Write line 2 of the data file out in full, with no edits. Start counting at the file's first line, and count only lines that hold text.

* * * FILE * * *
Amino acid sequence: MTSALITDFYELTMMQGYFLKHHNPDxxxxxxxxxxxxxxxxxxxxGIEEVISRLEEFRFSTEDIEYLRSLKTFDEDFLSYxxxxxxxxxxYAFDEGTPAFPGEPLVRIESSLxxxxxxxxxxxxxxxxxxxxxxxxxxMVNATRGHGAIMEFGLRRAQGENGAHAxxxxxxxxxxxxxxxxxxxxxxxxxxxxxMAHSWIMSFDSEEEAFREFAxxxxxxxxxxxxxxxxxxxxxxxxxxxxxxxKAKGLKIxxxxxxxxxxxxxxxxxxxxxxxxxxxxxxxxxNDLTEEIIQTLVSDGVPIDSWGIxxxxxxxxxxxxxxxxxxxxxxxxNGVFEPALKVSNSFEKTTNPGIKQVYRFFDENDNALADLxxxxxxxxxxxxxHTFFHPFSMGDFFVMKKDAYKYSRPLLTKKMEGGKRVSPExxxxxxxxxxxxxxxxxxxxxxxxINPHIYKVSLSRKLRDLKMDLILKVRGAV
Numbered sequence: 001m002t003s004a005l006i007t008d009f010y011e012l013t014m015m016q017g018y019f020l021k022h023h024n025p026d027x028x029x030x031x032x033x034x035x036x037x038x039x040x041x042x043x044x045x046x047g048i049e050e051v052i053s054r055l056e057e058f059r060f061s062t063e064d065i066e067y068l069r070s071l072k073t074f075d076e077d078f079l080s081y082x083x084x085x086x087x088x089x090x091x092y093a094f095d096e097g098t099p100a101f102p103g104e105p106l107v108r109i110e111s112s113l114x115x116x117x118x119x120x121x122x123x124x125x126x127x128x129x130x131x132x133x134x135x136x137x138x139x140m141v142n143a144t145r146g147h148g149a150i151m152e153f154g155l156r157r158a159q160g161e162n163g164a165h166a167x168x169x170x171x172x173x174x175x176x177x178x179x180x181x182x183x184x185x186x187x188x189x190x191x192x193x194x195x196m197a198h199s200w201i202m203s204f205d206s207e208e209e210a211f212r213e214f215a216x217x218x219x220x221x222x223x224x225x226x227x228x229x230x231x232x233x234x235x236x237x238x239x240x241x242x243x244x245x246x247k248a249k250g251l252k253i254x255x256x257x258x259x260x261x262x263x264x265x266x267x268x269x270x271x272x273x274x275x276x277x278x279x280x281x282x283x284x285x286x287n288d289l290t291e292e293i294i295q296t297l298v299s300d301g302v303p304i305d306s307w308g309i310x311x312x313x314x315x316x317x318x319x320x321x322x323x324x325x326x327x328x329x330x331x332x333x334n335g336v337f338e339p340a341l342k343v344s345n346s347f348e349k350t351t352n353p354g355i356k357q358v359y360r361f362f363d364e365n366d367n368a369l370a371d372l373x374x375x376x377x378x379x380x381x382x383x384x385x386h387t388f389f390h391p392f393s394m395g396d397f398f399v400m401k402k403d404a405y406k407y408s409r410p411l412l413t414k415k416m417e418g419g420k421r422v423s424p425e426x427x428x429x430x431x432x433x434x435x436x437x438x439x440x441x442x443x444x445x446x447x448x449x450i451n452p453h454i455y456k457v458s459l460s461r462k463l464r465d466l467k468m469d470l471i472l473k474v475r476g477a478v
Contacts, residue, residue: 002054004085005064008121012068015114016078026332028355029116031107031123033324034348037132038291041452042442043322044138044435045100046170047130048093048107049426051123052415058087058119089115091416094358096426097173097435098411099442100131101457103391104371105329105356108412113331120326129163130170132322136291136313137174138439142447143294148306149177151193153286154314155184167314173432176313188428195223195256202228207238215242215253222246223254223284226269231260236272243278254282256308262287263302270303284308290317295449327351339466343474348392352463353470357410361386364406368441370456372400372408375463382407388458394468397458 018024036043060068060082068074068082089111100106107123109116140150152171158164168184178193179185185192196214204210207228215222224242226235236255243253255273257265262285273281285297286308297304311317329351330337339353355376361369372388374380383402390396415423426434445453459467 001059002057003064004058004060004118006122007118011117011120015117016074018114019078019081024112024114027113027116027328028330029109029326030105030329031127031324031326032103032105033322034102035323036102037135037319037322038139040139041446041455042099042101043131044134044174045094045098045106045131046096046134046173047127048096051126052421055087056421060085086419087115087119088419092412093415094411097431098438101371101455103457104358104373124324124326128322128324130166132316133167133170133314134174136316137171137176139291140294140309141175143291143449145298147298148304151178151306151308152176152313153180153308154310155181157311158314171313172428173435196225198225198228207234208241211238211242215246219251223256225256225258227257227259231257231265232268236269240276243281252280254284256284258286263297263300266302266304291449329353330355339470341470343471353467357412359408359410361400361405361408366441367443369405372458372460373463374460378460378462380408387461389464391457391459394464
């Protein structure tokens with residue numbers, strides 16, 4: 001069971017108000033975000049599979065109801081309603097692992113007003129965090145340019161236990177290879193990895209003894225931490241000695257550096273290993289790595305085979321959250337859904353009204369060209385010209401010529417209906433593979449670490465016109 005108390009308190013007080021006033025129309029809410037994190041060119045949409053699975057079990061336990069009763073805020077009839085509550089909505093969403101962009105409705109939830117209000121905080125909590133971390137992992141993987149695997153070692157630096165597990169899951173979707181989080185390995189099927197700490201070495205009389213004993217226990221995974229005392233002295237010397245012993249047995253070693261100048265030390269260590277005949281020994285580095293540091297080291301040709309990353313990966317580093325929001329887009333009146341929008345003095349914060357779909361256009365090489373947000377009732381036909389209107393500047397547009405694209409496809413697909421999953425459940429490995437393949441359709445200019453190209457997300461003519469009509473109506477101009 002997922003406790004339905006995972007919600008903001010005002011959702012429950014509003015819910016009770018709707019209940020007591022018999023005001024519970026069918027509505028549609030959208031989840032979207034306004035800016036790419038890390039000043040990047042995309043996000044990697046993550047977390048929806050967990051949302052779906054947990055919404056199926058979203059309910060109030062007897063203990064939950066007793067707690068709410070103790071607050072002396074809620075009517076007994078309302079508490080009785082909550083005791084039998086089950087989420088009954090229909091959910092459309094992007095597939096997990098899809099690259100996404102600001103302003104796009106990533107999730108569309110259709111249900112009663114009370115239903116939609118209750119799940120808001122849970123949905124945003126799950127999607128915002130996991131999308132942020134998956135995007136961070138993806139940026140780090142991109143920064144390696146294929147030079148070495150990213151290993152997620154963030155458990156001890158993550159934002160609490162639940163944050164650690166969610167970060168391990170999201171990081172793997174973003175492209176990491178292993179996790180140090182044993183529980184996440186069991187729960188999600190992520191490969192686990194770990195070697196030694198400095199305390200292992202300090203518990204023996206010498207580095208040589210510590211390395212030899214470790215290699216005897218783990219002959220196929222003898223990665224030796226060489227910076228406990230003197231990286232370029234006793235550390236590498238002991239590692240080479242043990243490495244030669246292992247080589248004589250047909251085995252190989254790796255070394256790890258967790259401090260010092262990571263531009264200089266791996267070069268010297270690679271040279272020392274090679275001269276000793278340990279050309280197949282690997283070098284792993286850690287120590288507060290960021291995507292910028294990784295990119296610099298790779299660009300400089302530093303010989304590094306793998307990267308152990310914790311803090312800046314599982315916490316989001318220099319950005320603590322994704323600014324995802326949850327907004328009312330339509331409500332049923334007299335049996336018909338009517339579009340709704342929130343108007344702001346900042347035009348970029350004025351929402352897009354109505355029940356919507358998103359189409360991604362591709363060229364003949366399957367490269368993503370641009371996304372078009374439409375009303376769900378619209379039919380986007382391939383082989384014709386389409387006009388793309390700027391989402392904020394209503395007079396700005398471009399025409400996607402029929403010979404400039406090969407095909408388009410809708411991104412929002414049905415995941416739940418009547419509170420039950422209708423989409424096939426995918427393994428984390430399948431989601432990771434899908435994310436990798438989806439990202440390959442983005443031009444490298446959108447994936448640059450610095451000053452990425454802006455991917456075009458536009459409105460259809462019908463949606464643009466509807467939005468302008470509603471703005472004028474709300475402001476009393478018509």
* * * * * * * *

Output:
Numbered sequence: 001m002t003s004a005l006i007t008d009f010y011e012l013t014m015m016q017g018y019f020l021k022h023h024n025p026d027x028x029x030x031x032x033x034x035x036x037x038x039x040x041x042x043x044x045x046x047g048i049e050e051v052i053s054r055l056e057e058f059r060f061s062t063e064d065i066e067y068l069r070s071l072k073t074f075d076e077d078f079l080s081y082x083x084x085x086x087x088x089x090x091x092y093a094f095d096e097g098t099p100a101f102p103g104e105p106l107v108r109i110e111s112s113l114x115x116x117x118x119x120x121x122x123x124x125x126x127x128x129x130x131x132x133x134x135x136x137x138x139x140m141v142n143a144t145r146g147h148g149a150i151m152e153f154g155l156r157r158a159q160g161e162n163g164a165h166a167x168x169x170x171x172x173x174x175x176x177x178x179x180x181x182x183x184x185x186x187x188x189x190x191x192x193x194x195x196m197a198h199s200w201i202m203s204f205d206s207e208e209e210a211f212r213e214f215a216x217x218x219x220x221x222x223x224x225x226x227x228x229x230x231x232x233x234x235x236x237x238x239x240x241x242x243x244x245x246x247k248a249k250g251l252k253i254x255x256x257x258x259x260x261x262x263x264x265x266x267x268x269x270x271x272x273x274x275x276x277x278x279x280x281x282x283x284x285x286x287n288d289l290t291e292e293i294i295q296t297l298v299s300d301g302v303p304i305d306s307w308g309i310x311x312x313x314x315x316x317x318x319x320x321x322x323x324x325x326x327x328x329x330x331x332x333x334n335g336v337f338e339p340a341l342k343v344s345n346s347f348e349k350t351t352n353p354g355i356k357q358v359y360r361f362f363d364e365n366d367n368a369l370a371d372l373x374x375x376x377x378x379x380x381x382x383x384x385x386h387t388f389f390h391p392f393s394m395g396d397f398f399v400m401k402k403d404a405y406k407y408s409r410p411l412l413t414k415k416m417e418g419g420k421r422v423s424p425e426x427x428x429x430x431x432x433x434x435x436x437x438x439x440x441x442x443x444x445x446x447x448x449x450i451n452p453h454i455y456k457v458s459l460s461r462k463l464r465d466l467k468m469d470l471i472l473k474v475r476g477a478v